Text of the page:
o  Asset-create (3.5): Gateway G2 issues a transaction on ledger L2
      to create (re-generate) the asset, associated with the public-key
      of the beneficiary.  This transaction must include a hash of the
      previous message (3.4) and hash reference to the log-incoming
      transaction on L2 previously in step (2.4).  These hash references
      connects the newly re-generated asset with the overall transfer
      event originating from gateway G1.

   o  Ack-final (3.6): Gateway G2 indicates to G1 that G2 has performed
      an asset-regeneration transaction on L2.  This message must be
      digitally signed by G2 and should include the block number and
      transaction number (of the confirmed block) on ledger L2.

   o  Location-record (3.7): Gateway G1 has the option to record the
      block number and transaction number (as reported by G2 in the
      previous step) to ledger L1, using a passive transaction.  This
      transaction should include a hash reference to the confirmed lock-
      finalization transaction on L1 from step 3.3.  This information
      may aid in future search, audit and accountability purposes from a
      legal perspective.

   o  Transfer complete (3.8): Gateway G1 must explicitly close the
      asset transfer session with gateway G2.  This allows both sides to
      close down the secure channel established in Phase 1.

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      Orig  L1          G1                   G2           L2  Benef
      |     |            |      (Phase 2)     |            |     |
      |     |            |                    |            |     |
    ..|.....|............|....................|............|.....|..
      |     |            |       Phase 3      |            |     |
      |     |            |                    |            |     |
      |     |       (3.1)|--Commit Prepare--->|            |     |
      |     |            |                    |            |     |
      |     |            |<-----ACK-Prep------|(3.2)       |     |
      |     |            |                    |            |     |
      |     |            |                    |            |     |
      |     |<--Final----|(3.3)               |            |     |
      |     |            |                    |            |     |
      |     |       (3.4)|----Commit Final--->|            |     |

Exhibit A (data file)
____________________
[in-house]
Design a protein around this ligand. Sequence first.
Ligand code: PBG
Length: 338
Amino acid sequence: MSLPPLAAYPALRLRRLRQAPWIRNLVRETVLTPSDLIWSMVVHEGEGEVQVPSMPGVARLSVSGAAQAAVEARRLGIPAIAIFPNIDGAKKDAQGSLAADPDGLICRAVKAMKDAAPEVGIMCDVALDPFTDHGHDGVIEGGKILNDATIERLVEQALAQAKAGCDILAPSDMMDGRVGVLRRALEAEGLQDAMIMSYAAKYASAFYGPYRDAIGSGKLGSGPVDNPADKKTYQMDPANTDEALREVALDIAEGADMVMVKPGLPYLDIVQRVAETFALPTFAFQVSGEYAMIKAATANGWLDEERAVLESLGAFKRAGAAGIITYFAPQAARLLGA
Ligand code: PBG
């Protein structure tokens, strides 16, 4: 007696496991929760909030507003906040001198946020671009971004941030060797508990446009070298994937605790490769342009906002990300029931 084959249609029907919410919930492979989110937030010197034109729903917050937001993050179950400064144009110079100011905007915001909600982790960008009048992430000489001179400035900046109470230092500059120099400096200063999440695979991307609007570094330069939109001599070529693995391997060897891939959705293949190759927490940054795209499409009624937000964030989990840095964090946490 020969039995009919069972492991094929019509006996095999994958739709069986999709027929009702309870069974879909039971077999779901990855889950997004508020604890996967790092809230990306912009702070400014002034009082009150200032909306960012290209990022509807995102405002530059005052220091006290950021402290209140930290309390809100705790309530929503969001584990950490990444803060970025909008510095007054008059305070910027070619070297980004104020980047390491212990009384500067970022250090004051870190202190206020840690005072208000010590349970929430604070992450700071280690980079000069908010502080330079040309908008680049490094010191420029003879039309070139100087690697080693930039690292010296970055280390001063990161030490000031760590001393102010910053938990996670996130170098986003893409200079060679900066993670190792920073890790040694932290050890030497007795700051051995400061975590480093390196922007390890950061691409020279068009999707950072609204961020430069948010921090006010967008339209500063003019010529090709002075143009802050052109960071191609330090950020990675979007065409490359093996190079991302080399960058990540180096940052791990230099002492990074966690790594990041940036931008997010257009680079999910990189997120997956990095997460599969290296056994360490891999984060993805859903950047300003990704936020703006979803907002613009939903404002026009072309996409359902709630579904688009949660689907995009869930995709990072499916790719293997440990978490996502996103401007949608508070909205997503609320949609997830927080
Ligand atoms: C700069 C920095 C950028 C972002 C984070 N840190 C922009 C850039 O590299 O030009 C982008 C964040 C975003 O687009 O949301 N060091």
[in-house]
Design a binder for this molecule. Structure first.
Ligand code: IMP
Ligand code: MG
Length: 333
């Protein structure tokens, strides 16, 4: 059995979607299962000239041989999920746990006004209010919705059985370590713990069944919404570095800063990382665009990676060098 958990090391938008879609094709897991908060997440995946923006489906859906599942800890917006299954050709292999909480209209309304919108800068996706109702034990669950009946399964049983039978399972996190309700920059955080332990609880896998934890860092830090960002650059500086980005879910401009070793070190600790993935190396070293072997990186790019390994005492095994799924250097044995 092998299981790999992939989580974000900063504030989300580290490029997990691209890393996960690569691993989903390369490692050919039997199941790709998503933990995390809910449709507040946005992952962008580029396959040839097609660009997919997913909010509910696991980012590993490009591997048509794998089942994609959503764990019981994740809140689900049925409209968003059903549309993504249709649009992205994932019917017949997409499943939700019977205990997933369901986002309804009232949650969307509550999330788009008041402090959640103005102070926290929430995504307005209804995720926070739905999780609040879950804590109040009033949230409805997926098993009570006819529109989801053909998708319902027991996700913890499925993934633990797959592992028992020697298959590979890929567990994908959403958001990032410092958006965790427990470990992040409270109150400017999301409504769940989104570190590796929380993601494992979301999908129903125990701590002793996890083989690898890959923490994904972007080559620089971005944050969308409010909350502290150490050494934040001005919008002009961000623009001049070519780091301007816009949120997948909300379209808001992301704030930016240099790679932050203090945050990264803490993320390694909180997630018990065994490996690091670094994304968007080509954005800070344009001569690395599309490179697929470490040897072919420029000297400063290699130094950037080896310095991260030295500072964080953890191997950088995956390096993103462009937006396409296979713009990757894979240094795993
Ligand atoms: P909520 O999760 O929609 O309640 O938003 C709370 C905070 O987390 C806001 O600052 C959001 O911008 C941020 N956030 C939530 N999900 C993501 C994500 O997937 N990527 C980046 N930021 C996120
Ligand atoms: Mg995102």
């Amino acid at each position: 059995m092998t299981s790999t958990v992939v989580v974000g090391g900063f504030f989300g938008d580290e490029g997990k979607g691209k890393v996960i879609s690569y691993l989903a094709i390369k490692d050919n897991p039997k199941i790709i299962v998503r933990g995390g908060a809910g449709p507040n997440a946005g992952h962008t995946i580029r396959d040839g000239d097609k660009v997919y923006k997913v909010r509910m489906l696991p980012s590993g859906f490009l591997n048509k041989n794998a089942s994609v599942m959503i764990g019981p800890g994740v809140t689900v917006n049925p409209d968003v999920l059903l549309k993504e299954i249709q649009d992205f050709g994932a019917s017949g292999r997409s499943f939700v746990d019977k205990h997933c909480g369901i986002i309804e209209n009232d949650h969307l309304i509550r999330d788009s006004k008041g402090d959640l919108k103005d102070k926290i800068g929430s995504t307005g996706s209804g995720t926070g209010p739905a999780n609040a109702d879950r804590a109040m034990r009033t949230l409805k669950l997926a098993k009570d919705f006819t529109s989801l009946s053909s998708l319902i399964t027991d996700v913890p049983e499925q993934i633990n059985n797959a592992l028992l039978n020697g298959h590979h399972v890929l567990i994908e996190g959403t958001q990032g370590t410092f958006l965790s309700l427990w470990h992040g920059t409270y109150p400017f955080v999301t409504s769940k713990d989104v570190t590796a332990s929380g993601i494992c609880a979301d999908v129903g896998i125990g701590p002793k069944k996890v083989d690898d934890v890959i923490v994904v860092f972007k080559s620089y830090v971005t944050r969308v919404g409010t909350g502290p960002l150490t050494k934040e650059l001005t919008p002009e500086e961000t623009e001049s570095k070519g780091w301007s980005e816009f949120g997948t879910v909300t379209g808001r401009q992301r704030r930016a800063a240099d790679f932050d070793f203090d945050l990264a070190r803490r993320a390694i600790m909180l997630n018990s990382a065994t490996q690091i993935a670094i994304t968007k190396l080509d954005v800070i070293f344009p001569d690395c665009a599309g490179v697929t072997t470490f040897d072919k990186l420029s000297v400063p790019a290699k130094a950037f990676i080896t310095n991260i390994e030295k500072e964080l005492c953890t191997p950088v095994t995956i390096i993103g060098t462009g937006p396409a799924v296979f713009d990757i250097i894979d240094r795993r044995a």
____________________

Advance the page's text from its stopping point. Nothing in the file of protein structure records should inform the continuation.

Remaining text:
|     |            |                    |            |     |
      |     |            |               (3.5)|---Create-->|     |
      |     |            |                    |            |     |
      |     |            |<-----ACK-Final-----|(3.6)       |     |
      |     |            |                    |            |     |
      |     |            |                    |            |     |
      |     |<--Record---|(3.7)               |            |     |
      |     |            |                    |            |     |
      |     |       (3.8)|---Complete/End---->|            |     |
      |     |            |                    |            |     |
    ..|.....|............|....................|............|.....|..
      |     |            |                    |            |     |

                                 Figure 4

8.  Related Open Issues

   There are a number of open issues that are related to the asset
   transfer protocol between gateway nodes.  Some of the issues are due
   to the fact that blockchain technology is relatively new, and that
   technical constructs designed for interoperability have yet to be
   addressed.  Some of the issues are due to the nascency of the virtual
   asset industry and lack of conventions, and therefore require
   industry collaboration to determine the standard conventions.

8.1.  Global identification of blockchain systems and public-keys

   There is currently no standard nomenclature to identify blockchain
   systems in a globally unique manner.  The analog to this is the AS-
   numbers associated with IP routing autonomous systems.

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   Furthermore, an address (public-key) may not be unique to one
   blockchain system.  An entity (e.g. user) may in fact employ the same
   public-key at multiple distinct blockchain systems simultaneously.
   Thus, there is no convention today with regards to the application of
   a key within a given blockchain system (comparable to the principal/
   domain convention in Internet host naming).

   However, in order to perform an asset transfer from one blockchain